During preliminary research, I witnessed numerous residents of various professions attest to the impact of Austin’s coal plant (Fayette) and natural gas plant (Decker) on Austin’s air quality. During my time in Austin I will be conversing with locals about the impact of Austin’s power generation on the local landscape as well as travelling throughout the city, observing the landscape, visiting energy production sites and Desired Development Zones.
According to a study by Environment America, Texas is by far the highest emitter of airborne mercury, with a total of 11,127 in 2010 (Madsen and Randall 2011). Ohio, the next highest emitter, produced 4,218 pounds. Texas has 6 of the top ten mercury producing coal-fired power plants in the U.S.
Texas produces the highest quantities of crude oil, natural gas, and lignite coal in the United States, which, on top of its long history of legislative support for conventional energy industries, contributes to its reputation as a fossil-fuel state (EIA 2017). Nevertheless, Austin, the state capital, harbors a wealth of local residents and organizations invested in transitioning to clean-energy resources. Motivations behind these investments differ widely, however, ranging from concerns about public health and social and environmental justice to creating quality jobs and spurring economic growth. During preliminary fieldwork, I identified four unique-yet-overlapping collectives of clean-energy practitioners: 1) Austin’s public sector, 2) energy scientists and engineers, 3) energy business advocates and entrepreneurs, and 4) climate and social justice activists. Based upon initial fieldwork, these collectives appear to conceive of the risks, affordances, and the proper sociotechnical means of energy transition in divergent, if not conflicting ways. In this research, I ask if and how these diverse energy-transition imaginaries appertain to differences in conceptions of “good evidence” and the appropriate use of scientific research and knowledge in decision-making. By analyzing how different collectives of clean-energy practitioners determine the proper means of leveraging science in energy transition, I will gain an understanding of the data and evidentiary challenges entailed in city-scale energy transitions, and urban environmental governance more generally.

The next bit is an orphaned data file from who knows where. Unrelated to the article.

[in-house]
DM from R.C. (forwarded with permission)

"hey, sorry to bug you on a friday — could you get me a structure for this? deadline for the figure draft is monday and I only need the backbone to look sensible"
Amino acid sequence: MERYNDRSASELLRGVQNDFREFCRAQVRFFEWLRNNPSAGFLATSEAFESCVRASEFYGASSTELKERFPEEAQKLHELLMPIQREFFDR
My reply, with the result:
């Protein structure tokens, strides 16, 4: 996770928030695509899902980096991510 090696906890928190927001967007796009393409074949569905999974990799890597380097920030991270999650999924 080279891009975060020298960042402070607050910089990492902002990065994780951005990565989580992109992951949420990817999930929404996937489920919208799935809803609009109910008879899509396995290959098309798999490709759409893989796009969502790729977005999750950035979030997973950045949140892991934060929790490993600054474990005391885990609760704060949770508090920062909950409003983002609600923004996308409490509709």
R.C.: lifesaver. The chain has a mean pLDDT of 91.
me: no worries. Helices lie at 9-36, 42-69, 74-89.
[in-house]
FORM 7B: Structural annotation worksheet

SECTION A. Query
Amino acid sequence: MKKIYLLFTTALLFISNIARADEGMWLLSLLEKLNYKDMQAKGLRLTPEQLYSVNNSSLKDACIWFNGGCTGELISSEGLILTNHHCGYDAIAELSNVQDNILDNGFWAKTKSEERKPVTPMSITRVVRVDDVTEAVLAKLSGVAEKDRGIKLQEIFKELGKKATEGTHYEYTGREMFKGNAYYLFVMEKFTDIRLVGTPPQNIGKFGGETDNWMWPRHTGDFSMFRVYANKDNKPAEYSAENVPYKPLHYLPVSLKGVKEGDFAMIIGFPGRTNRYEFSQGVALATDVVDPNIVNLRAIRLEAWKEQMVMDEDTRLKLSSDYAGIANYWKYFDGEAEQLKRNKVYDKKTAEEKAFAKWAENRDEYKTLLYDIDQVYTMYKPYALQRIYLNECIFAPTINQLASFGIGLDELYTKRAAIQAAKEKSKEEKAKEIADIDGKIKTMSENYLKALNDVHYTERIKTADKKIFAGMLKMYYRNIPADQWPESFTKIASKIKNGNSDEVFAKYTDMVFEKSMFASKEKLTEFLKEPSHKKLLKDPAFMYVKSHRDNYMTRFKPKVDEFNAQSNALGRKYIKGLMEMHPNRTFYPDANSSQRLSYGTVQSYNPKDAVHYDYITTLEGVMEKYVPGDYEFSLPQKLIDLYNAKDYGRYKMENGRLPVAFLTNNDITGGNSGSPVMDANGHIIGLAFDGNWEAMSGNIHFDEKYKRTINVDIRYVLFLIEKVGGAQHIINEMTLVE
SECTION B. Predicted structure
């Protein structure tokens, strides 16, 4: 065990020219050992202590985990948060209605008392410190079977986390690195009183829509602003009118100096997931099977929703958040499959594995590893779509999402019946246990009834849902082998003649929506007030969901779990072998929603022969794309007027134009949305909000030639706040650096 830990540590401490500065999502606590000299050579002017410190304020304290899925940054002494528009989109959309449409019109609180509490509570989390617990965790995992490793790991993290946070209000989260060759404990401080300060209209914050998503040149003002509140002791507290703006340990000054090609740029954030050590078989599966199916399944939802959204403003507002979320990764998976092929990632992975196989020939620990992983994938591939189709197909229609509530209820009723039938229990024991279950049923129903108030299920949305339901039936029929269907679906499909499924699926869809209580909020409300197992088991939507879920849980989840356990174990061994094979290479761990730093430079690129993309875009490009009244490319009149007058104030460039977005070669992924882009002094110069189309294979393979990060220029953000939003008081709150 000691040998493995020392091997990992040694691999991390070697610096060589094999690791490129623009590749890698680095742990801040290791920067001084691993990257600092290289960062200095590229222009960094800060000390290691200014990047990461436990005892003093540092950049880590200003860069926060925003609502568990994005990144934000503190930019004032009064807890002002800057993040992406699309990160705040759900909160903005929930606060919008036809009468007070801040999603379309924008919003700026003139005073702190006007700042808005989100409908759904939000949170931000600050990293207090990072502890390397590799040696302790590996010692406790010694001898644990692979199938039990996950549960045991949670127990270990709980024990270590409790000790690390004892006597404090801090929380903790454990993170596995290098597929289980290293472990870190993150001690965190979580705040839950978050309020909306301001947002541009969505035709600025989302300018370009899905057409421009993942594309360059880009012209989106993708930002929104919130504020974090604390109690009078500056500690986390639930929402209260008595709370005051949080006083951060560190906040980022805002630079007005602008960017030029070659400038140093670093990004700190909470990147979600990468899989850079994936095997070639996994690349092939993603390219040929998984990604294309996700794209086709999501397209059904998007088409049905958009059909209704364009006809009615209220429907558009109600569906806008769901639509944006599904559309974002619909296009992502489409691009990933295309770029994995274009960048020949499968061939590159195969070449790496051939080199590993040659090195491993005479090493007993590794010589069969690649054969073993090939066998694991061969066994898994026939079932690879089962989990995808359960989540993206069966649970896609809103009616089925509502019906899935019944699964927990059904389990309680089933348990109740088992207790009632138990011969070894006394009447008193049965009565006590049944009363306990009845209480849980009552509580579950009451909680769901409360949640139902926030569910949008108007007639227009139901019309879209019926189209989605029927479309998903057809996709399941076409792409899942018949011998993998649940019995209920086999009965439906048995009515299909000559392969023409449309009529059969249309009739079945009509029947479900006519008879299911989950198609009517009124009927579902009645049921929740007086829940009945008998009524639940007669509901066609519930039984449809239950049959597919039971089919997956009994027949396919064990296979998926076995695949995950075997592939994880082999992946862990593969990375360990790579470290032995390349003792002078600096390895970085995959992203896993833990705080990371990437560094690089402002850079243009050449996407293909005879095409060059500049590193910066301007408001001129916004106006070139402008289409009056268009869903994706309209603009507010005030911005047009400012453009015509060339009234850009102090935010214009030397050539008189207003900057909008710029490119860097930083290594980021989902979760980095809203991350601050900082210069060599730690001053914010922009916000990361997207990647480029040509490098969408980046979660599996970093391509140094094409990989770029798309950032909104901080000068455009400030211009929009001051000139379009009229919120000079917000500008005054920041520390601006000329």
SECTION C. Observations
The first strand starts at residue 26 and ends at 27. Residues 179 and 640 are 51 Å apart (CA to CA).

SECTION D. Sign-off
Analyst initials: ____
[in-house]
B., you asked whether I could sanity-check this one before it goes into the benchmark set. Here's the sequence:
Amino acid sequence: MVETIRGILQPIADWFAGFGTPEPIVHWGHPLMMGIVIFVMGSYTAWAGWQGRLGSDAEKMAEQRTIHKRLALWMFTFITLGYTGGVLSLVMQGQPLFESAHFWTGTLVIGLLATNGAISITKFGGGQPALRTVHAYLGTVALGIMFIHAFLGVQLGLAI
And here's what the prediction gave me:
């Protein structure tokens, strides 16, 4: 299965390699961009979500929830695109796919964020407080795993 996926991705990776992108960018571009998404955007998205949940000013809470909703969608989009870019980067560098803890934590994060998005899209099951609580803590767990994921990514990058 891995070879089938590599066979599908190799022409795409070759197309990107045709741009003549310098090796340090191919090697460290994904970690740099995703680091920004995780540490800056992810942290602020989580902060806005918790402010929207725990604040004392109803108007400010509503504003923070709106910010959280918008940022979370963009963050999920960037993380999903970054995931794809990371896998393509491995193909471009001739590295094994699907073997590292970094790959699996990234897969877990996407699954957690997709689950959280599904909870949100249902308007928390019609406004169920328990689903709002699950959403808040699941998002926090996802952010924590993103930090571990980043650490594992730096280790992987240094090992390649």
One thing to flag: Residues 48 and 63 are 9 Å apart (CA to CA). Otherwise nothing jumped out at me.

Texas is the highest energy consuming state in the second highest energy consuming nation in the world (EIA 2017). In fact, Texas has led the US in energy consumption rates every year since 1960, when the Environmental Information Administration started keeping track. Texas also has a long history and reputation as an energy producer and is currently the nation’s highest producer of crude-oil, natural gas, and lignite coal, and accounts for 30% of the United States’ total oil refining capacity (EIA 2017). On the other hand, Texas has recently become a world competitor in renewable energy. This has been achievable in part due to Texas’ unique state autonomy in concern to energy production and distribution, granted by the fact that Texas’ is the only electric grid in the US that does not incur federal regulation as it does not cross any state boundaries.